TABLE 2__________________________________________________________________________       Comp. Ex 1             Comp. Ex 2                   Comp. Ex 3                         Comp. Ex 4                               Comp. Ex 5                                     Comp. Ex 6__________________________________________________________________________Polymer     A     B     B     B     B     B(100 parts by weight)Filler      zinc oxide             magnesium                   titanium                         titanium                               titanium                                     titanium             oxide oxide oxide oxide oxide(parts by weight)       5     10    2     30    10    10(particle size, μm)       0.3   4     0.21  0.21  0.06  0.21Stretching Ratio (times)longitudinal       2.5   3     3     2.5   3     7transverse  2.5   3     3     2.5   3     7Lubricant   --    --    --    --    montan wax                                     montan wax(parts by weight)                   0.2   0.2Stretching Ability       ×             ×                   ◯                         ×                               ◯                                     ×Variation Coefficient of       6     7.5   2.5   6.5   2.5   *ThicknessTensile Strength (MPa)longitudinal       55    45    65    72    68transverse  48    40    62    65    64Folding Endurance       180   120   400   600   600(the number of reflections)__________________________________________________________________________       Comp. Ex 7             Comp. Ex 8                   Comp. Ex 9                         Comp. Ex 10                               Comp. Ex 11                                     Comp. Ex 12__________________________________________________________________________Polymer     B     A     A     B     B     C(100 parts by weight)Filler      titanium             barium                   barium                         talc  talc  silica       oxide sulfate                   sulfate(parts by weight)       10    5     5     10    10    10(particle size, μm)       0.21  0.06  3     0.06  12    14Stretching Ratio (times)longitudinal       3     2.5   2.5   2     2     2.5transverse  3     2.5   2.5   2     2     2.5Lubricant   montan wax             montan wax                   montan wax                         montan wax                               montan wax                                     montan wax(parts by weight)       2.5   0.2   0.2   0.2   0.2   0.2Stretching Ability       ×             ◯                   ×                         ◯                               ×                                     ×Variation Coefficient of       8     2.5   7.5   1.5   6.5   7.5ThicknessTensile Strength (MPa)longitudinal       50    63    65    76    78    60transverse  50    60    62    73    75    55Folding Endurance       400   600   600   700   800   400(the number of reflections)__________________________________________________________________________       Comp. Ex 13             Comp. Ex 14                   Comp. Ex 15__________________________________________________________________________Polymer     D     B     B(100 parts by weight)Filler      calcium             kaolin                   titanium       carbonate   oxide(parts by weight)       10    10    10(particle size, μm)       8     12    0.21Stretching Ratio (times)longitudinal       2.5   2.5   --transverse  2.5   2.5   --Lubricant   montan wax             montan wax                   montan wax(parts by weight)       0.2   0.2   0.2Stretching Ability       ×             ×                   --Variation Coefficient of       7     7.5   1.5ThicknessTensile Strength (MPa)longitudinal       75    65    52transverse  70    64    52Folding Endurance       500   600   200(the number of reflections)__________________________________________________________________________ *When stretching, film was torn.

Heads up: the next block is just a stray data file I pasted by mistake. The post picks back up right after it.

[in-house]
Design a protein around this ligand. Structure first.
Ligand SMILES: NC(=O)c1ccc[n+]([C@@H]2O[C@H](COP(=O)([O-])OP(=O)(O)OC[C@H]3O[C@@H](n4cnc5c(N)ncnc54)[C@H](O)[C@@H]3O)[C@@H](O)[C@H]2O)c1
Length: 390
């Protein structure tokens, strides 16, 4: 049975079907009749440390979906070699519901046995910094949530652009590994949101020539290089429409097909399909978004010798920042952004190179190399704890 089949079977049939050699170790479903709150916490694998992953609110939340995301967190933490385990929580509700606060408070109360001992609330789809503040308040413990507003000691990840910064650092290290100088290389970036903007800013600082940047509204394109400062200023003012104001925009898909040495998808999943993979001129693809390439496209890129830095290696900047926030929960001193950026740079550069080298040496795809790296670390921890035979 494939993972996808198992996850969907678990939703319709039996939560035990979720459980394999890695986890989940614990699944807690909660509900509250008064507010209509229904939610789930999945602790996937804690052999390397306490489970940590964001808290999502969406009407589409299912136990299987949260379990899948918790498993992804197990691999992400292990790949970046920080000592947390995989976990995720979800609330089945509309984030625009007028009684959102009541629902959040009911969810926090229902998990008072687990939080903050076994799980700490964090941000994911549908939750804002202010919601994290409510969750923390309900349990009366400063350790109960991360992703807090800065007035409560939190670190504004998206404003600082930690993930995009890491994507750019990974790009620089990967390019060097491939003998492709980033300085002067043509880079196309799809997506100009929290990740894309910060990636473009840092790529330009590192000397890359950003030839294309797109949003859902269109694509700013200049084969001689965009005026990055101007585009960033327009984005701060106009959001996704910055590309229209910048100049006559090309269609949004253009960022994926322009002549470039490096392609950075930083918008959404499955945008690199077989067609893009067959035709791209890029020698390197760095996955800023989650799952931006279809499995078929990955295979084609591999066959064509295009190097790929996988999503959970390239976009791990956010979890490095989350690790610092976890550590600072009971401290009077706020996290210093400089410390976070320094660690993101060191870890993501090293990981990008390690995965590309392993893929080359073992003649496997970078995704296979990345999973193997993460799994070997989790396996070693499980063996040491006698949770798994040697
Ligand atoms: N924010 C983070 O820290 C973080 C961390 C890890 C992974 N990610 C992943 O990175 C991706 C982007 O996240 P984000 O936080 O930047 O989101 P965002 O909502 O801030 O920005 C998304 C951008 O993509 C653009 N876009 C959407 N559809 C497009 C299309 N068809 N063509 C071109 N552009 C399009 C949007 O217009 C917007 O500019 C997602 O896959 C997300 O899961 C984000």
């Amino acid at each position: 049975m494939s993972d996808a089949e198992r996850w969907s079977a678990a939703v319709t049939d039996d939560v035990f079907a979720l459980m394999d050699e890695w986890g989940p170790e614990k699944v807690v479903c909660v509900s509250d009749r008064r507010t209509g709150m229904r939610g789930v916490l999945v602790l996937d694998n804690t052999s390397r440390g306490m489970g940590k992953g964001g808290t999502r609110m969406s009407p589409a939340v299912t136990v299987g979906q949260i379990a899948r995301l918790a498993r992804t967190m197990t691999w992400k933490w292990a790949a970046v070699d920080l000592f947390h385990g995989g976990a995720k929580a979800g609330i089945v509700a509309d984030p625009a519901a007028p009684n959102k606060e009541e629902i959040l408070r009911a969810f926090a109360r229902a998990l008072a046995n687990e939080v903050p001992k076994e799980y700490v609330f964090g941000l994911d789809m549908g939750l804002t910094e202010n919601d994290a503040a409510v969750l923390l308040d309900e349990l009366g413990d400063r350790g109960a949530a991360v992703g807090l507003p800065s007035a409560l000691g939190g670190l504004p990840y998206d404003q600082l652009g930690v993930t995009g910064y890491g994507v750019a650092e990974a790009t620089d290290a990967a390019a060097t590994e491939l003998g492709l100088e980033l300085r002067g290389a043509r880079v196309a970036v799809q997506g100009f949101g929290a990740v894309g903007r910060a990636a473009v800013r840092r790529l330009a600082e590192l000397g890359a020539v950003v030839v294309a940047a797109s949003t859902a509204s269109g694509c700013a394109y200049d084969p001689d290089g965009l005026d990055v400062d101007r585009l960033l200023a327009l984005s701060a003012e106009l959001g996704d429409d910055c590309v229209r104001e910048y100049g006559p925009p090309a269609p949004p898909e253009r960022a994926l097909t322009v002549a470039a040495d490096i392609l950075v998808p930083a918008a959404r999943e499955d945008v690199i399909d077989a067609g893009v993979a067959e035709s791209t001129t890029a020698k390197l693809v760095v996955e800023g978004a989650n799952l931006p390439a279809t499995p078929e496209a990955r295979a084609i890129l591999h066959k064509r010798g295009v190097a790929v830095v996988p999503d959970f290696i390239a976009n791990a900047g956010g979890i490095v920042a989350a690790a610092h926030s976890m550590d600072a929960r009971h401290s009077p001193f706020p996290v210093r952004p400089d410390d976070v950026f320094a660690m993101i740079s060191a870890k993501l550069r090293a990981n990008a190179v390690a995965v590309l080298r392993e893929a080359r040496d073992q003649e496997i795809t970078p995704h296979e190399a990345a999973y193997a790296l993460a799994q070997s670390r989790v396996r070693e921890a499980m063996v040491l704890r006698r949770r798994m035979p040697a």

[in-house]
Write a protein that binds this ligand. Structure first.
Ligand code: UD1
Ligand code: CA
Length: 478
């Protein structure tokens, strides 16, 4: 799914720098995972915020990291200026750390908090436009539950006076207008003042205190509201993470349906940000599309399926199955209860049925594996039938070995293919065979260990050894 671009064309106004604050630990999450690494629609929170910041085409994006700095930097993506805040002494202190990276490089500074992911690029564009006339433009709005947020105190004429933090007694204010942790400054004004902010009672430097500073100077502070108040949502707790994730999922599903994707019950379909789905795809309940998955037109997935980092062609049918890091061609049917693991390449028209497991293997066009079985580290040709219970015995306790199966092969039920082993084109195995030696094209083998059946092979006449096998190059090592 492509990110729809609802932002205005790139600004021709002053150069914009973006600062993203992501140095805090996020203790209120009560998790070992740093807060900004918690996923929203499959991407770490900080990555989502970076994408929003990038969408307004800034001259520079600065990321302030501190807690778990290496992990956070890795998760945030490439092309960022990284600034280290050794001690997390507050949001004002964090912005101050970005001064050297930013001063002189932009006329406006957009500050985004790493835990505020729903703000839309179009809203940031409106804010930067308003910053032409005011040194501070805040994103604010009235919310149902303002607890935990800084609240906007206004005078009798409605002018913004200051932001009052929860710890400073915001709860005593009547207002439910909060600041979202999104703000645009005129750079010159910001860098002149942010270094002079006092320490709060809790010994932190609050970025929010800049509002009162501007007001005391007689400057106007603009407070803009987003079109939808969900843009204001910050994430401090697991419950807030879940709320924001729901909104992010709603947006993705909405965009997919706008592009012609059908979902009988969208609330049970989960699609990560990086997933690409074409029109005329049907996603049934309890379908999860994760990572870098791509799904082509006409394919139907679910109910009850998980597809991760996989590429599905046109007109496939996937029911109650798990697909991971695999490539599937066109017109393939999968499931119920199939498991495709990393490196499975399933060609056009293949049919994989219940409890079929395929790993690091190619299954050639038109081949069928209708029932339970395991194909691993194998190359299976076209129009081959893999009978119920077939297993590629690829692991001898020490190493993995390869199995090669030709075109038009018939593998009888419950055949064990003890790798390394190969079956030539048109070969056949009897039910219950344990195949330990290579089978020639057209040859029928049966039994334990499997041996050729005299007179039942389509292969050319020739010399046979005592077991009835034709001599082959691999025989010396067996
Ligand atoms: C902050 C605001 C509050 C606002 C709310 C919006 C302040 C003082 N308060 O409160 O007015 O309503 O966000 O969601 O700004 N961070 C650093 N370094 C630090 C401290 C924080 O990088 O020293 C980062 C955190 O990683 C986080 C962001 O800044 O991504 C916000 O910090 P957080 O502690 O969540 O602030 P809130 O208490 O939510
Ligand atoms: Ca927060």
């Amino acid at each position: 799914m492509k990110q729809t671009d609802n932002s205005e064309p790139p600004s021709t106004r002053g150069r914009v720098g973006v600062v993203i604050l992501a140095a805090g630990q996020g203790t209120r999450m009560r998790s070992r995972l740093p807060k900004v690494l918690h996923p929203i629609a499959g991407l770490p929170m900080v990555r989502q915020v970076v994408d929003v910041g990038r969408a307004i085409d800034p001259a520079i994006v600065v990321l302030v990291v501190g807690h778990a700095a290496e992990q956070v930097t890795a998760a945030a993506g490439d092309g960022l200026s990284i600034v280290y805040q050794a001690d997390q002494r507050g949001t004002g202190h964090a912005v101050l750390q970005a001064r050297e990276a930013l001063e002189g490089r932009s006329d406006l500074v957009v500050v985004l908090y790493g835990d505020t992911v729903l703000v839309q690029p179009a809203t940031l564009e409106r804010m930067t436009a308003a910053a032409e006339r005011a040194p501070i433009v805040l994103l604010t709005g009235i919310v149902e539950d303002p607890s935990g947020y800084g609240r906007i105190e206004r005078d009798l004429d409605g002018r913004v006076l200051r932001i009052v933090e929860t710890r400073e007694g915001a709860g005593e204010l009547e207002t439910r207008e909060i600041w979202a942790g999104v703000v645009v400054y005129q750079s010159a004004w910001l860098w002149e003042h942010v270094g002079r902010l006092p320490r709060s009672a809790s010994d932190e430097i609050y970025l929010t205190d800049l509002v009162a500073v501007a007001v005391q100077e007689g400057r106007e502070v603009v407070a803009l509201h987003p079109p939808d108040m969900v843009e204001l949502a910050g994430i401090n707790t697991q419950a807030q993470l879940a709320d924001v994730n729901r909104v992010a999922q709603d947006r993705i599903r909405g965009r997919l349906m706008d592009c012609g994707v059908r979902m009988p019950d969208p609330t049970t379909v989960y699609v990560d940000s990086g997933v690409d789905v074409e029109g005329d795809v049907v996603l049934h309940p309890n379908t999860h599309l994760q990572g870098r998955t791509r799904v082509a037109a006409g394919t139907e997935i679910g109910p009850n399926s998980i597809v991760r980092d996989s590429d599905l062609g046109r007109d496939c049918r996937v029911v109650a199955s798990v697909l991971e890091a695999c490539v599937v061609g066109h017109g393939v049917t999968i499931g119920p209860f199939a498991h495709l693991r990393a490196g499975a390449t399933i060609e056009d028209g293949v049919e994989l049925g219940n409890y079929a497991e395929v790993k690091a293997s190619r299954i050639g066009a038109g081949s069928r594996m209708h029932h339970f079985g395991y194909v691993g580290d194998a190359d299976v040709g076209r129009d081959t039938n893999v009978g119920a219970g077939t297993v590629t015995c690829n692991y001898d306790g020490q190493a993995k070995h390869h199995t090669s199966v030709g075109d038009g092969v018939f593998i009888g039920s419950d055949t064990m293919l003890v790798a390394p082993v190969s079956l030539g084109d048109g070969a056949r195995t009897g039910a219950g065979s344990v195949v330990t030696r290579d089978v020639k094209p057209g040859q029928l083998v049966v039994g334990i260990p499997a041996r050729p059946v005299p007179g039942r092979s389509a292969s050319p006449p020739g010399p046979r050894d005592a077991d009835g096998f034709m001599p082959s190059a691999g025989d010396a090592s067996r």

Patent Citations
Cited PatentFiling datePublication dateApplicantTitle
EP0510998A2 *Apr 24, 1992Oct 28, 1992MITSUI TOATSU CHEMICALS, Inc.Porous film
JPH0542786A * Title not available
JPH0570696A * Title not available
JPH06340753A * Title not available
WO1990001521A1 *Aug 4, 1989Feb 22, 1990Battelle Memorial InstituteDegradable thermoplastic from lactides
WO1992001548A1 *Jun 25, 1991Feb 6, 1992Du PontPolyhydroxy acid films